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Immunexpress, Collaborators Publish Clinical Validation of Host-Response Sepsis Assay


NEW YORK (GenomeWeb) – Scientists from molecular diagnostics firm Immunexpress and collaborators in Australia and The Netherlands have published new research describing the development and clinical validation of SeptiCyte, the firm's flagship RT-qPCR host-response assay for sepsis diagnosis.

In a paper published yesterday in PLOS Medicine, the collaborators demonstrated that SeptiCyte, which measures the expression of four RNA biomarkers of host response to infection, was able to identify about 90 percent of patients with sepsis, depending on the patient composition of one of five cohorts comprising more than 300 total individuals.

Importantly, the assay was better at discriminating sepsis from infection-negative systemic inflammation than the various methods currently used to make such a diagnosis, independently or in combination, within 24 hours of a patient's hospital admission. In addition, the severity of disease did not affect SeptiCyte's performance.

"The other single biomarkers, particularly in host response, that are used to diagnose sepsis are very often correlated with severity, and there is no established method for being able to subtract that effect out of physicians' … diagnosis," Leo McHugh, corresponding author on the study and director of bioinformatics at Immunexpress, told GenomeWeb.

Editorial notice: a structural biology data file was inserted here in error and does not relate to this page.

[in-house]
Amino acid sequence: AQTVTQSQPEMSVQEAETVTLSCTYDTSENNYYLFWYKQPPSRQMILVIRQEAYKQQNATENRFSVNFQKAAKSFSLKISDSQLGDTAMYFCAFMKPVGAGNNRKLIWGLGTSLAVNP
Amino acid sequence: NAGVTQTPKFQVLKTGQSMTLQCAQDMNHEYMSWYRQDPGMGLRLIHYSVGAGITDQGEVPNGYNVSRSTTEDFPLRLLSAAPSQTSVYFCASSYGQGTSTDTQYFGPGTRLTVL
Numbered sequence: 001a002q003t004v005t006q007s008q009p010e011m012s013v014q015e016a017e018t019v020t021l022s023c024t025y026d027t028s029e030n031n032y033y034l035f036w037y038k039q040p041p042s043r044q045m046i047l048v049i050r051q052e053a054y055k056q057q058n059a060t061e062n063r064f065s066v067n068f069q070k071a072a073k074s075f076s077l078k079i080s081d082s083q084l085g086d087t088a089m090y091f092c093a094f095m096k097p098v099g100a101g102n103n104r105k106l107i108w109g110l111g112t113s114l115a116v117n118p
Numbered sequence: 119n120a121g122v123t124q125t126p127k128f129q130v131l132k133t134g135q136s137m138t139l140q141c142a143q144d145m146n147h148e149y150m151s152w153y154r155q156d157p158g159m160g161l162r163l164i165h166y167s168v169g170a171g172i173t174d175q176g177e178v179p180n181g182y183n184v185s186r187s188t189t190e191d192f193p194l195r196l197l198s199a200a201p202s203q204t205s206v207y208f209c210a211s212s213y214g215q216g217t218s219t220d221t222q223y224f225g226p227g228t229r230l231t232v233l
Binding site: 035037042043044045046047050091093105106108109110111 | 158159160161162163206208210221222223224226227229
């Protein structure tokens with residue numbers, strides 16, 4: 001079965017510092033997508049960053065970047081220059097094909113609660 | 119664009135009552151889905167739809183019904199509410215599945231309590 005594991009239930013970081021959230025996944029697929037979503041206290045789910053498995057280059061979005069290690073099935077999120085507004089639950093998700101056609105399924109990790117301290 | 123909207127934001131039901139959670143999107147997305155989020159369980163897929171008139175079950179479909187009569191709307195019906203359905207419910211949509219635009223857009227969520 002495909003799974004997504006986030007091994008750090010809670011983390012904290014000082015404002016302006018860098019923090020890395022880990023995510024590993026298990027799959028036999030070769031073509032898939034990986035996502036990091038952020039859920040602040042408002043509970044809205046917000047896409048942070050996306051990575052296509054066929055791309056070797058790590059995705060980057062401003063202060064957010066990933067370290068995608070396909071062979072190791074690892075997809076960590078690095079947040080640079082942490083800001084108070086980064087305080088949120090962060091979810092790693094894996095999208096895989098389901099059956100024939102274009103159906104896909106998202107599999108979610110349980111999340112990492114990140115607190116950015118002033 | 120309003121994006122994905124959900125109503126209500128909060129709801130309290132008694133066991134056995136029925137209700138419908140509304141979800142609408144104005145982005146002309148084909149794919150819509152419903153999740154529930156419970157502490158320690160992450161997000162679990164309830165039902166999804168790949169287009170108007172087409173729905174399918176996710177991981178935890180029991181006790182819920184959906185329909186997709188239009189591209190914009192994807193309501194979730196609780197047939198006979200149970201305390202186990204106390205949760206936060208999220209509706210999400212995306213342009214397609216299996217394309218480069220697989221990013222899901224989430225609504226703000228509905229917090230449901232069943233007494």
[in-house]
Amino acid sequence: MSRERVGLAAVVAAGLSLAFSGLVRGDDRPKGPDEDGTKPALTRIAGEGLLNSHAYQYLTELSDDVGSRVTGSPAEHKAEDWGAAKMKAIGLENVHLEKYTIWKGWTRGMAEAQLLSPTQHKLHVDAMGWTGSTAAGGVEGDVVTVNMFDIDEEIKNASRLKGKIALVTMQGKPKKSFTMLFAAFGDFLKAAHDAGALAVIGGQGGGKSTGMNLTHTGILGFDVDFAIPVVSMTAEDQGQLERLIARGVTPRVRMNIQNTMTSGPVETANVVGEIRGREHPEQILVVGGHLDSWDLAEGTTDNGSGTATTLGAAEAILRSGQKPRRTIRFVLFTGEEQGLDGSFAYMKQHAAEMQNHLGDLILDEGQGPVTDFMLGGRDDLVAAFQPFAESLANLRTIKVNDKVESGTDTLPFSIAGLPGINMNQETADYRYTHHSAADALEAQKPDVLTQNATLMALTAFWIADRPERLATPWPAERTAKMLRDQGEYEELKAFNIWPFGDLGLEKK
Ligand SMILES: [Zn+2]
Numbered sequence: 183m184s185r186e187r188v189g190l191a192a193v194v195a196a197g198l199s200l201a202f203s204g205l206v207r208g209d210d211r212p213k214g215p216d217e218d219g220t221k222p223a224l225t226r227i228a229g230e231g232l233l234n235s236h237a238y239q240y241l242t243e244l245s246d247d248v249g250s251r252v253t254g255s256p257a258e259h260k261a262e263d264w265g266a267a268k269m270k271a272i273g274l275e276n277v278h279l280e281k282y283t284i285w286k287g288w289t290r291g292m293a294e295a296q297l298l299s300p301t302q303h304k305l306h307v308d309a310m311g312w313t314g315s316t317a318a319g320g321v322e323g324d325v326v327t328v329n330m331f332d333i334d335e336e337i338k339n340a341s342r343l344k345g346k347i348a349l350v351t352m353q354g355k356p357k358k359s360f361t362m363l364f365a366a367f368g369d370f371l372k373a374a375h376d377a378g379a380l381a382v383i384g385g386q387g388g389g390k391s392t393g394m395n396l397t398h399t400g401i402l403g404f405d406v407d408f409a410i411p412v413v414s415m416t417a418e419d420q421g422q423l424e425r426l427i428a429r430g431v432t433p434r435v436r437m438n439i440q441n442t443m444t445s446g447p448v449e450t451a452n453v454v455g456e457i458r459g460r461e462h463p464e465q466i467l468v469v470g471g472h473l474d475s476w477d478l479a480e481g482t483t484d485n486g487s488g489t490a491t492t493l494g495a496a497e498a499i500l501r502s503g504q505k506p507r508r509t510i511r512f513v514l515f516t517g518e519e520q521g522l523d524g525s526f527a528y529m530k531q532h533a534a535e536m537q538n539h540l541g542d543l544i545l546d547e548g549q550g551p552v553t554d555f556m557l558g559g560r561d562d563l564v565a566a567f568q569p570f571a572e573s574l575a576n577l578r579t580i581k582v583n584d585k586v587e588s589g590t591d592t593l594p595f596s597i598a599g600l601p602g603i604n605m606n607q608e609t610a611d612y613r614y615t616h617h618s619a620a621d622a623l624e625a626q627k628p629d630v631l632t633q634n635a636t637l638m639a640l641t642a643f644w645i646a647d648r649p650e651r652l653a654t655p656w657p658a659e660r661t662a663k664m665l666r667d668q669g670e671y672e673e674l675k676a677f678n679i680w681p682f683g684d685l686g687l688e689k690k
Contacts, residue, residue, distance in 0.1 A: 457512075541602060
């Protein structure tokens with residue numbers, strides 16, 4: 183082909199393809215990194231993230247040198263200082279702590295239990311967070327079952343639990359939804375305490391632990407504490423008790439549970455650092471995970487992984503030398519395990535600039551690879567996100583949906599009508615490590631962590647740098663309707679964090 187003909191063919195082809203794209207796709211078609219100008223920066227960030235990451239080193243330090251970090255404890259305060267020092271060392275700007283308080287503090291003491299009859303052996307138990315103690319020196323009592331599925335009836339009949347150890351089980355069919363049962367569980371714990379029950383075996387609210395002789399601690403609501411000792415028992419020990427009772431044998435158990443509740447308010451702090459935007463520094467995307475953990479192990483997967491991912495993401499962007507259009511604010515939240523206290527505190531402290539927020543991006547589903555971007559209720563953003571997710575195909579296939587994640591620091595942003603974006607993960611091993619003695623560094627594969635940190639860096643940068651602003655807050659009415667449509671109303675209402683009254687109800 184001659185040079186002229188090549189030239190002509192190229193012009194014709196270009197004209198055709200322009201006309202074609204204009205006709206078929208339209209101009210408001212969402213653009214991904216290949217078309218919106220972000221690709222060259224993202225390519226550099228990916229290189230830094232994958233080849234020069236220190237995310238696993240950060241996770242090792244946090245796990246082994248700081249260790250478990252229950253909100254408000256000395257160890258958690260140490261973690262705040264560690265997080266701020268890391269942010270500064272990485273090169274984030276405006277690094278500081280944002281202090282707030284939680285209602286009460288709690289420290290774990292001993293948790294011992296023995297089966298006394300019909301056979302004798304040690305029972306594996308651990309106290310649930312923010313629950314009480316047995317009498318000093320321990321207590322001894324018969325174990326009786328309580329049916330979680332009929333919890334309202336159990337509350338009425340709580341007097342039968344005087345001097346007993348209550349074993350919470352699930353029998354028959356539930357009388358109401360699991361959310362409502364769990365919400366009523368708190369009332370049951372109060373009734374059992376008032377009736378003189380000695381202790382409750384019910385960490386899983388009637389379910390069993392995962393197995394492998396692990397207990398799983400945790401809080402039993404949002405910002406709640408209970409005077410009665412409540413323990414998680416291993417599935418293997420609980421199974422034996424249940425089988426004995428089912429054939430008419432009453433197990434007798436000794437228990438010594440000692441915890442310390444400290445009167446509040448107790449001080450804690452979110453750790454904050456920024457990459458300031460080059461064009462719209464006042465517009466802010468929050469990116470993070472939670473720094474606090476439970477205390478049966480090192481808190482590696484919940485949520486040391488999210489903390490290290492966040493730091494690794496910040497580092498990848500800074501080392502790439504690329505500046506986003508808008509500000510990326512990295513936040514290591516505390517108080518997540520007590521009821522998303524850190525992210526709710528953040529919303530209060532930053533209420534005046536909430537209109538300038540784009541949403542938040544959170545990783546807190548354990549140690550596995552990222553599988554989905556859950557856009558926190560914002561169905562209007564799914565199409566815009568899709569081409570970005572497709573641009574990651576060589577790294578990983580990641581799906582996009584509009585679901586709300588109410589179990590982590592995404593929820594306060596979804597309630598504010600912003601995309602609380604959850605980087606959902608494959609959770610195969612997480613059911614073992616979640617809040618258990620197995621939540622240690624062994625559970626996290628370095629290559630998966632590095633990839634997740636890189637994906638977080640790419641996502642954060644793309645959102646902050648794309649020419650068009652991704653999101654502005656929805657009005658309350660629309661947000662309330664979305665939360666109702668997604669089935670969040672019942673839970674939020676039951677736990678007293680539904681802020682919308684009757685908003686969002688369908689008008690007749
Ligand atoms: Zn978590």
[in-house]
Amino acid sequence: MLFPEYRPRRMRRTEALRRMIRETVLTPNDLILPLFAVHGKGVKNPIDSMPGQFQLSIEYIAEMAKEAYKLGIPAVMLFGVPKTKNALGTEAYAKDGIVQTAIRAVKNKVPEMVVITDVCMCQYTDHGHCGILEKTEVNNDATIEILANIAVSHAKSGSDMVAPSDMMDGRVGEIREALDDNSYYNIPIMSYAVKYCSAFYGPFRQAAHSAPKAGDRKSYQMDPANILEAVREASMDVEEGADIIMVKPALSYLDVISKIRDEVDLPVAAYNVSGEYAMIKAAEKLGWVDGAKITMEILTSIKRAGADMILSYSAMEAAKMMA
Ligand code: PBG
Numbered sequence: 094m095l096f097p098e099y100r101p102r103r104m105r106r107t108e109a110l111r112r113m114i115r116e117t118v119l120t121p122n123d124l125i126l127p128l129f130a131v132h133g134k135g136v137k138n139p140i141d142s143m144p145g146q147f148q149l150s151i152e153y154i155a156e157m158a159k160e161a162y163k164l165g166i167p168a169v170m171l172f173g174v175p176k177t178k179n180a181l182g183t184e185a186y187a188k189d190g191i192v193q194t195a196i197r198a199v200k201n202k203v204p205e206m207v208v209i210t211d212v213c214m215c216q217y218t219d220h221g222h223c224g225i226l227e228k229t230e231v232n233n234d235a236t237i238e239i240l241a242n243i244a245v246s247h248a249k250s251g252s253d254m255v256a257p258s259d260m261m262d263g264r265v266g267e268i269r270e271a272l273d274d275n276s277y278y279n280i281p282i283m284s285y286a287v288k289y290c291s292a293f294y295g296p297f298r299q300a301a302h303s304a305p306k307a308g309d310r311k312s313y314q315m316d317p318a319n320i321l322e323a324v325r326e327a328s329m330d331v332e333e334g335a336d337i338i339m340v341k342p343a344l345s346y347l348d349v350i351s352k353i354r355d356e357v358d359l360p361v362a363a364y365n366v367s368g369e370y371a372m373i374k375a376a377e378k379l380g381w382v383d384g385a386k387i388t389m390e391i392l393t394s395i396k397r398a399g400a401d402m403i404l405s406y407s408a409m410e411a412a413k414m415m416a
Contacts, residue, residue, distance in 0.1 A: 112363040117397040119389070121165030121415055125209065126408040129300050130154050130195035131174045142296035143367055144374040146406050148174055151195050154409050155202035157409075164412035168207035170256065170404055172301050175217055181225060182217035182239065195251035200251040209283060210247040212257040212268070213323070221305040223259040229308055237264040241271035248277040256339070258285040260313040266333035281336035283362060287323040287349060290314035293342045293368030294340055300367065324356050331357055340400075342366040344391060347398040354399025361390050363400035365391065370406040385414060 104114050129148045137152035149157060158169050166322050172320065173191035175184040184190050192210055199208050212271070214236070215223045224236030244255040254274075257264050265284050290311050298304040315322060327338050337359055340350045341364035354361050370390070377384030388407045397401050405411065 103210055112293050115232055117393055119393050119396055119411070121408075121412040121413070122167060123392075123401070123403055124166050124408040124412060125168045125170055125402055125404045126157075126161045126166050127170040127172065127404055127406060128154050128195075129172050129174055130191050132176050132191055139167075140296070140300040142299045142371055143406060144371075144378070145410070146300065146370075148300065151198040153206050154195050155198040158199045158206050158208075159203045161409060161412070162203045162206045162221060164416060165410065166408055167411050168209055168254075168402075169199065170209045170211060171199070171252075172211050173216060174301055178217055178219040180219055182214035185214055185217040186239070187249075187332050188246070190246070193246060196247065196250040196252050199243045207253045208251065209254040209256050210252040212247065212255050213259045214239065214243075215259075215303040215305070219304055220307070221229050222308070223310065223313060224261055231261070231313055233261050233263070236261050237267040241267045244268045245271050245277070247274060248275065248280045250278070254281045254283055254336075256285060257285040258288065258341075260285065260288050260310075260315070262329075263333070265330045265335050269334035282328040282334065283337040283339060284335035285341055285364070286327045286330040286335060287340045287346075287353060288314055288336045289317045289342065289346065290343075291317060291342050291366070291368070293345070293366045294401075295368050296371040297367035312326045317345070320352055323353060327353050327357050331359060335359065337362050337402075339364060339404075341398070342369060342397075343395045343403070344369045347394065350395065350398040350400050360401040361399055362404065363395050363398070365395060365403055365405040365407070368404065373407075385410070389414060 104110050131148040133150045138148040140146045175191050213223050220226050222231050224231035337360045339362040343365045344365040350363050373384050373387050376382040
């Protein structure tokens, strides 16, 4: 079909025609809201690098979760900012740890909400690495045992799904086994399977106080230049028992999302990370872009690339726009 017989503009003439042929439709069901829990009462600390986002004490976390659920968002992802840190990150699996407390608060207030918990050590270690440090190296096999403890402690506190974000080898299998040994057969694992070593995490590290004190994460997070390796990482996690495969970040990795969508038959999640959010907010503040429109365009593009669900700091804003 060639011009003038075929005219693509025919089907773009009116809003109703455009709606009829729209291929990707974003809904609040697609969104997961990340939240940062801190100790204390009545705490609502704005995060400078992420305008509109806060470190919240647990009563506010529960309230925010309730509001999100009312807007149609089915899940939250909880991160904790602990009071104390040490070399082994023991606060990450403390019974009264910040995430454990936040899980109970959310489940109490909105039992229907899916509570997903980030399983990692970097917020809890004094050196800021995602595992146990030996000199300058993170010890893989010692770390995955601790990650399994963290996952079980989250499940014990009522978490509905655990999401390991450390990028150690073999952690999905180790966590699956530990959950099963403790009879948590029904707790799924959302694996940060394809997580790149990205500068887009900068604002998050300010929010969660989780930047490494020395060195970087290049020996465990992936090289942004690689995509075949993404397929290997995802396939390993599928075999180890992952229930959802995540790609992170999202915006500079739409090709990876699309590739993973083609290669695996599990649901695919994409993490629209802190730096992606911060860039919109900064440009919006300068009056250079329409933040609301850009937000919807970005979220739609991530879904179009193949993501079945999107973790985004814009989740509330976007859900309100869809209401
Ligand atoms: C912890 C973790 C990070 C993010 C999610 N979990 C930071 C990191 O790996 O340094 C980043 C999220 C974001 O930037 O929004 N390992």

"We established fairly conclusively in the study that the test is not affected by severity," McHugh added. "It doesn't matter whether your patients have a very low level of severity, which is the result you'd expect at the beginning of a sepsis episode; or whether a patient is rampantly septic."

Privately held Immunexpress, which was founded in 2006 in Australia but has since established US headquarters in Seattle, has since its inception been developing various molecular approaches to diagnose sepsis with SeptiCyte being its first test. The company's aim is to market a test that can rule in or rule out whether patients have a septic infection within hours of their admittance to the critical care unit.

The potential value of such an assay is that it would be much faster than relatively accurate culture methods, which can take a few days; and more accurate than the array of parameters currently used by critical care doctors to quickly diagnose sepsis, including molecular tests for specific organisms or measuring levels of certain patient-response markers like procalcitonin or C-reactive protein.